WINTER HAVEN, Fla. (WFLA) – A Winter Haven athletic trainer wants every high school in Polk County to have an athletic trainer on site following the death of a 14-year old Hillsborough County boy this month.
Lloyd Knudson started an online petition to inform people about the importance of athletic trainers and urge schools to hire them to treat and monitor student-athletes.
Tragedy at Middleton High School called him to action.
“It was kind of one of those moments when it came over the news and I said ‘Oh no, not again’,” he said.
Hezekiah Walters died after he collapsed at football practice on June 11 in Tampa.
His body temperature was 102 degrees at the hospital where he was pronounced dead, according to an “extremely preliminary” report from the Hillsborough County Medical Examiner Department.
“If an athletic trainer was there, maybe that made a difference,” said Knudson.
Knudson, an athletic trainer himself, is petitioning Polk County schools to have an athletic trainer at every high school.
Medical personnel attend games but, Knudson says, 62% of sports injuries occur at practice.
“The biggest thing is medical attention, that immediate medical attention, especially in those first few minutes or seconds, that are so precious,” said Knudson.
Polk County Public Schools is in the process of buying cold water immersion tubs (ice baths), a new requirement for outdoor athletics in the coming school year, according to a statement from the district.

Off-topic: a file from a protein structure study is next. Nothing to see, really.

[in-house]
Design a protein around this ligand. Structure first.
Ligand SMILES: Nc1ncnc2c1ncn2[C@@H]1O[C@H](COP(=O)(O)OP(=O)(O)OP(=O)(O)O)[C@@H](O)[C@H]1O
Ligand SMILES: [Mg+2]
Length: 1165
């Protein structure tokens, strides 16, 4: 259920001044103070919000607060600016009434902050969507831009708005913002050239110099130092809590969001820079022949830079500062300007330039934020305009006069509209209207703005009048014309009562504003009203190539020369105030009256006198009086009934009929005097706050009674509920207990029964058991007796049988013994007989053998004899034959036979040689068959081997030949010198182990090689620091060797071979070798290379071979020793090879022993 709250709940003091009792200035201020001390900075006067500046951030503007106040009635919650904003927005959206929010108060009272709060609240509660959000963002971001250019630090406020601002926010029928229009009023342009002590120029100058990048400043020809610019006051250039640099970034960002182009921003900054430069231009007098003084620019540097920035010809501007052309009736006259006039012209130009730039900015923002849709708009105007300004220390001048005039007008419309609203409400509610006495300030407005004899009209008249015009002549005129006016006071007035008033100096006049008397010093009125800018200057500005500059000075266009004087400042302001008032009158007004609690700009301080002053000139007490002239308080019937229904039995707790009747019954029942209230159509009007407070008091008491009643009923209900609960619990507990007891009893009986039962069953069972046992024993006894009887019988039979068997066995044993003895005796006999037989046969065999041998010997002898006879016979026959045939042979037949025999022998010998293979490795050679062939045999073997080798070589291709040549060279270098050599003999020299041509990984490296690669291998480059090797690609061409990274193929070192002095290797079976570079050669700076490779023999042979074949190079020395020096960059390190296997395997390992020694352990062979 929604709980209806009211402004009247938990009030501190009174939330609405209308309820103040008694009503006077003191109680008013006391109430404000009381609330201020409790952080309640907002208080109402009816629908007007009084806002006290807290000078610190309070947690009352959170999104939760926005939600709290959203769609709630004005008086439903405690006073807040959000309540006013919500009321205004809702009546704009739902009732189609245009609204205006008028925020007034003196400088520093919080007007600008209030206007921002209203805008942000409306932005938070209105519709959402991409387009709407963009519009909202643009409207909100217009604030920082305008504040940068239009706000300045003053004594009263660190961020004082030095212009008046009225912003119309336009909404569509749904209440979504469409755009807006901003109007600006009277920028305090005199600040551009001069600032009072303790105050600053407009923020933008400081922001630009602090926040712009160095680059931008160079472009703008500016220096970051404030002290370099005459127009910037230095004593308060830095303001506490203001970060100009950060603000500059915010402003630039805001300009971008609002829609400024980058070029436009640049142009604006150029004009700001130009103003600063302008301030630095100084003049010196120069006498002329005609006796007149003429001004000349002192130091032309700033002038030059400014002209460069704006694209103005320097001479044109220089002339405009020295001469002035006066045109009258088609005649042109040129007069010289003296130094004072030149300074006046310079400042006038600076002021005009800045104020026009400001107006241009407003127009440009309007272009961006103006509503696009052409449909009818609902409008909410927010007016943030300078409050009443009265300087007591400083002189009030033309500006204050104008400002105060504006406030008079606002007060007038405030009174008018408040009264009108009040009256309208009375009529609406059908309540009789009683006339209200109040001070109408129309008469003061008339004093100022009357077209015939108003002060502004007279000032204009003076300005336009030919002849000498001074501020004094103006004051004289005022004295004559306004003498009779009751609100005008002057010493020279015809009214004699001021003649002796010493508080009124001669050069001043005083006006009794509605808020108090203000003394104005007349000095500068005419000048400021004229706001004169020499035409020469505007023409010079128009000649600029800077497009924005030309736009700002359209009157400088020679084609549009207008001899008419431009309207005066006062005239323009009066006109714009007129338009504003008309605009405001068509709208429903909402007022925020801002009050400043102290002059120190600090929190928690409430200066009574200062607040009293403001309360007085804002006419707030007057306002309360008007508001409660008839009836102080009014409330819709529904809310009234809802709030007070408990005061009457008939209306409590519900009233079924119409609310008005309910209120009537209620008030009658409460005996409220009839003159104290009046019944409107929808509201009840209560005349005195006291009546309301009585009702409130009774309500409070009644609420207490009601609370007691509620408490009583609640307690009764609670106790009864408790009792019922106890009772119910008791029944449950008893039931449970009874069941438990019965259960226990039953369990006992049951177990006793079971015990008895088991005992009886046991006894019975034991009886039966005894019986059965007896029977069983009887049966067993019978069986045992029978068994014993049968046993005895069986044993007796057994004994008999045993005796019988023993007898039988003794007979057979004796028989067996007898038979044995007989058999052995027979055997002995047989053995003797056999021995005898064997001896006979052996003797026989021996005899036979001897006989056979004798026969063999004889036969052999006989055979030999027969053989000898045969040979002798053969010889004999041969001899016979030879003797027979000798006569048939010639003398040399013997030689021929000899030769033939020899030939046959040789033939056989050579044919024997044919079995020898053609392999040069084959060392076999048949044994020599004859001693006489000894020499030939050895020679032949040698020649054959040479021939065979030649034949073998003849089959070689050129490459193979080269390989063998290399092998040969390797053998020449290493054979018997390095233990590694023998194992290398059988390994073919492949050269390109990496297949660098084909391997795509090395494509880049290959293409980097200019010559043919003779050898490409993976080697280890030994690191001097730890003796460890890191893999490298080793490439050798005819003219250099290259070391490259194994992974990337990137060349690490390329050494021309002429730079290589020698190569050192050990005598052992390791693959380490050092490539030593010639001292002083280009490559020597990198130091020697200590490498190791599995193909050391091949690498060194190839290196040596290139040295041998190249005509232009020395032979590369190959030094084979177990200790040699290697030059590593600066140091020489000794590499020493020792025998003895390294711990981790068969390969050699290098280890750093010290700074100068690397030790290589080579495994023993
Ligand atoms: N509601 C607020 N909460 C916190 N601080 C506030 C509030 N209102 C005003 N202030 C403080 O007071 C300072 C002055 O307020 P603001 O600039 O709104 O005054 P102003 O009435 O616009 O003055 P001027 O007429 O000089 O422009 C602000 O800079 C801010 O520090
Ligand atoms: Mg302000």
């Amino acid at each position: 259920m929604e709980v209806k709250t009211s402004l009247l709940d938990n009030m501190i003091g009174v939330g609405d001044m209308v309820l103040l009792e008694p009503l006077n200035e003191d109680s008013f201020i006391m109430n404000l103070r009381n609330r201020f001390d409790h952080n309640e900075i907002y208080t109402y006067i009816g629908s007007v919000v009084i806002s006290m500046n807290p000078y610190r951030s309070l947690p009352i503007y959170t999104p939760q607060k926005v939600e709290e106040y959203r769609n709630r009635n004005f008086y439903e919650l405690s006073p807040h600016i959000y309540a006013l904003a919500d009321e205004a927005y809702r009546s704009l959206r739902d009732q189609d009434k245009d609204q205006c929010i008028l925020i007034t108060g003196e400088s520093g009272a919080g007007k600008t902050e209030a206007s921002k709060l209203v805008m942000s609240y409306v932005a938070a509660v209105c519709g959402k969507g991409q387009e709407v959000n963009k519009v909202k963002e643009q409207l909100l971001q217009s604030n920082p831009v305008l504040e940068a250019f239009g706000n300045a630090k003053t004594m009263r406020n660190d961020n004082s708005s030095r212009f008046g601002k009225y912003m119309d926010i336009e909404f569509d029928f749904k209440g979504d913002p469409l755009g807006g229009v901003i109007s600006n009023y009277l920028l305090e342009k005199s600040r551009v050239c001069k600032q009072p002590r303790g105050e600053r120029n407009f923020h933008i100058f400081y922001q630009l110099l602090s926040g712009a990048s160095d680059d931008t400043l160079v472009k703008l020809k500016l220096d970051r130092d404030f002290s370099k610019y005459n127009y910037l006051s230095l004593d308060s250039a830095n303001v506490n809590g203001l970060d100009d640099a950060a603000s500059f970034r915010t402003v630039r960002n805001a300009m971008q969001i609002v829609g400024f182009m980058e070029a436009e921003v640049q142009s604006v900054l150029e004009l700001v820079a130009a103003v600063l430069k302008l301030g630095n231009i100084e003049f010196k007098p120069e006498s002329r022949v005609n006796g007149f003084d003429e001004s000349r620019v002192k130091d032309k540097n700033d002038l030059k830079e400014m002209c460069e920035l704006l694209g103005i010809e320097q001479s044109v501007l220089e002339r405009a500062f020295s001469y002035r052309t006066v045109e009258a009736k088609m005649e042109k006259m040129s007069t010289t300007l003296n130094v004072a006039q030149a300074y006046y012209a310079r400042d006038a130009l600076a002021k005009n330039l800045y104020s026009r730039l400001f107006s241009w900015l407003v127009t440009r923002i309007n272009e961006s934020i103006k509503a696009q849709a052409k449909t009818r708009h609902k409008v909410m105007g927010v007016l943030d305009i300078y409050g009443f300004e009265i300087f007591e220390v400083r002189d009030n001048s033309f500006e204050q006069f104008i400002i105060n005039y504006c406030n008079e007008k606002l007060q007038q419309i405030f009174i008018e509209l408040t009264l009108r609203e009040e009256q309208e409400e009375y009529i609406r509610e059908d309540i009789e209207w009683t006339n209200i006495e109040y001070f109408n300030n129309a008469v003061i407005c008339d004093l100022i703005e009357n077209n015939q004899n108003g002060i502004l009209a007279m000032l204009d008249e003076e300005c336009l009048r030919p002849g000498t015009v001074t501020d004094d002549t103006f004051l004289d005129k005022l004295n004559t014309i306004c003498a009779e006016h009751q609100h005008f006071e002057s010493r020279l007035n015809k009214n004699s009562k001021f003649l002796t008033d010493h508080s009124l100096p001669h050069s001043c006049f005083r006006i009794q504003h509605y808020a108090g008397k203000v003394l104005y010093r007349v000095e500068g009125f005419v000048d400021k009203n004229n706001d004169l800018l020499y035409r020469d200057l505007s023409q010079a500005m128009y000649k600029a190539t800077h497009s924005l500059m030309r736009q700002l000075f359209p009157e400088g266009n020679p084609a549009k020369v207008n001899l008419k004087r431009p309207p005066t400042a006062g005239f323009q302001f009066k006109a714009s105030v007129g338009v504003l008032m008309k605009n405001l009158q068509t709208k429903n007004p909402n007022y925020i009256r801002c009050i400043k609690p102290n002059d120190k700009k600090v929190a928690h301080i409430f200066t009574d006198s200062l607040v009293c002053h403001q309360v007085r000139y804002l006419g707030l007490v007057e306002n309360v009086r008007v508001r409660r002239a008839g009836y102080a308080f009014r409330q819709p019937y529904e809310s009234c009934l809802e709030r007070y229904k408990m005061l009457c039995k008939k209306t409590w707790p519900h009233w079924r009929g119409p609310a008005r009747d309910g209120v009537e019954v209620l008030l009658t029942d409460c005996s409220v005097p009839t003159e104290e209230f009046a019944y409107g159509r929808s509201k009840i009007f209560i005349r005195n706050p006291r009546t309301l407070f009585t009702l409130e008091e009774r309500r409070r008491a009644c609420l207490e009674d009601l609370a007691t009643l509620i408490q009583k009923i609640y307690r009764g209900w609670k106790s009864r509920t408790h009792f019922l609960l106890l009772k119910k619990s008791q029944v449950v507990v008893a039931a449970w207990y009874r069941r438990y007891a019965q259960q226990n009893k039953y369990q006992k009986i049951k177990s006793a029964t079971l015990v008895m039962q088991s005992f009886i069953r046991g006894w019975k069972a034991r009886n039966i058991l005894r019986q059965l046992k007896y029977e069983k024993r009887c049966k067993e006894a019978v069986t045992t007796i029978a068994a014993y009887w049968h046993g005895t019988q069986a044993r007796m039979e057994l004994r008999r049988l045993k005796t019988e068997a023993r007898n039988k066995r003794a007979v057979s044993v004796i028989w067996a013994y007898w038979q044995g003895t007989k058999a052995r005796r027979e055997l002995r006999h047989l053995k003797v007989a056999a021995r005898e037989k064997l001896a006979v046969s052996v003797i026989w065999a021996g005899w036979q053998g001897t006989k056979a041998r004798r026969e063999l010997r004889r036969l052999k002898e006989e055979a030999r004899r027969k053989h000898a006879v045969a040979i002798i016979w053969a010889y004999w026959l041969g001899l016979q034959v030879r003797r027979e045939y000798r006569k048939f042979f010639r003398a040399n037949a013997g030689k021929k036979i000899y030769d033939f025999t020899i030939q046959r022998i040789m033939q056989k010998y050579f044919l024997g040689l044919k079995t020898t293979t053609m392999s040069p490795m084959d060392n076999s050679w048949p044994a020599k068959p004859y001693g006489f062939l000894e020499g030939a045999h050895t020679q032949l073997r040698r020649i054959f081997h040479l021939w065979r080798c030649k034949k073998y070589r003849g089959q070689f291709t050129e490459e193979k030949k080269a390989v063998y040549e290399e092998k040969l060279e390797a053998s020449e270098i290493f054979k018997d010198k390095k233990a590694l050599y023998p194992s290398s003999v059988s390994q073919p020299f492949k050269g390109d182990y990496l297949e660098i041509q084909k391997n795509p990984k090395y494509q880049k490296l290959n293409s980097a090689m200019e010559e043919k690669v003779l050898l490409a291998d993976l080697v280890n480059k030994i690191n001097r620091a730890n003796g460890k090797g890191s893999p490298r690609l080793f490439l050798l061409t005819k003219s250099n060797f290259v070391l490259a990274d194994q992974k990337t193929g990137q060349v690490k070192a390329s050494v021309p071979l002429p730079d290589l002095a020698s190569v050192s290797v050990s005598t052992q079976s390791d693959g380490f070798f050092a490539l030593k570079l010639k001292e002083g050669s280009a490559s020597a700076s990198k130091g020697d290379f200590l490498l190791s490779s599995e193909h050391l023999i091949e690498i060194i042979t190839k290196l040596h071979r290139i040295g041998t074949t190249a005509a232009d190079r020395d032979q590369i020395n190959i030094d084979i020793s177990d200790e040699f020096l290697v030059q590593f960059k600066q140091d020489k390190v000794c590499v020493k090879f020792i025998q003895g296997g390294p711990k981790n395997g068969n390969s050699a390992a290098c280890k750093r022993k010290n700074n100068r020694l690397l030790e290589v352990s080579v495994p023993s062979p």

That process began in March.
“In addition, we are still exploring options and funding sources that would make it possible for us to have athletic trainers available for our sports programs,” wrote Kyle Kennedy, with Polk County Public Schools.
Cost estimates range from hundreds of thousands to millions of dollars to hire athletic trainers at the 18 public high schools in the county.
“I’m certainly supportive of the concept. I would love to have that. It’s just almost entirely a question of how do we logistically make it work,” said Billy Townsend, a Polk County Public Schools board member.
Knudson has been in contact with the athletic director at Polk County schools, Dan Talbot, who was unavailable for an interview Wednesday.
“The median wage for athletic trainers in the state of Florida, with 18 high schools, I want to say it’s going to be about $800,000. But that’s just if they pay for it by themselves,” said Knudson. “We’re looking into others to split the difference and find ways to kind of make that happen without them funding the whole thing.”
“Until our state decides to take the human qualities of education seriously, we’re going to have to be left with these kinds of Sophie’s choices: What do we fund? What do we not fund? Who do we endanger? Who do we not?” asked Townsend.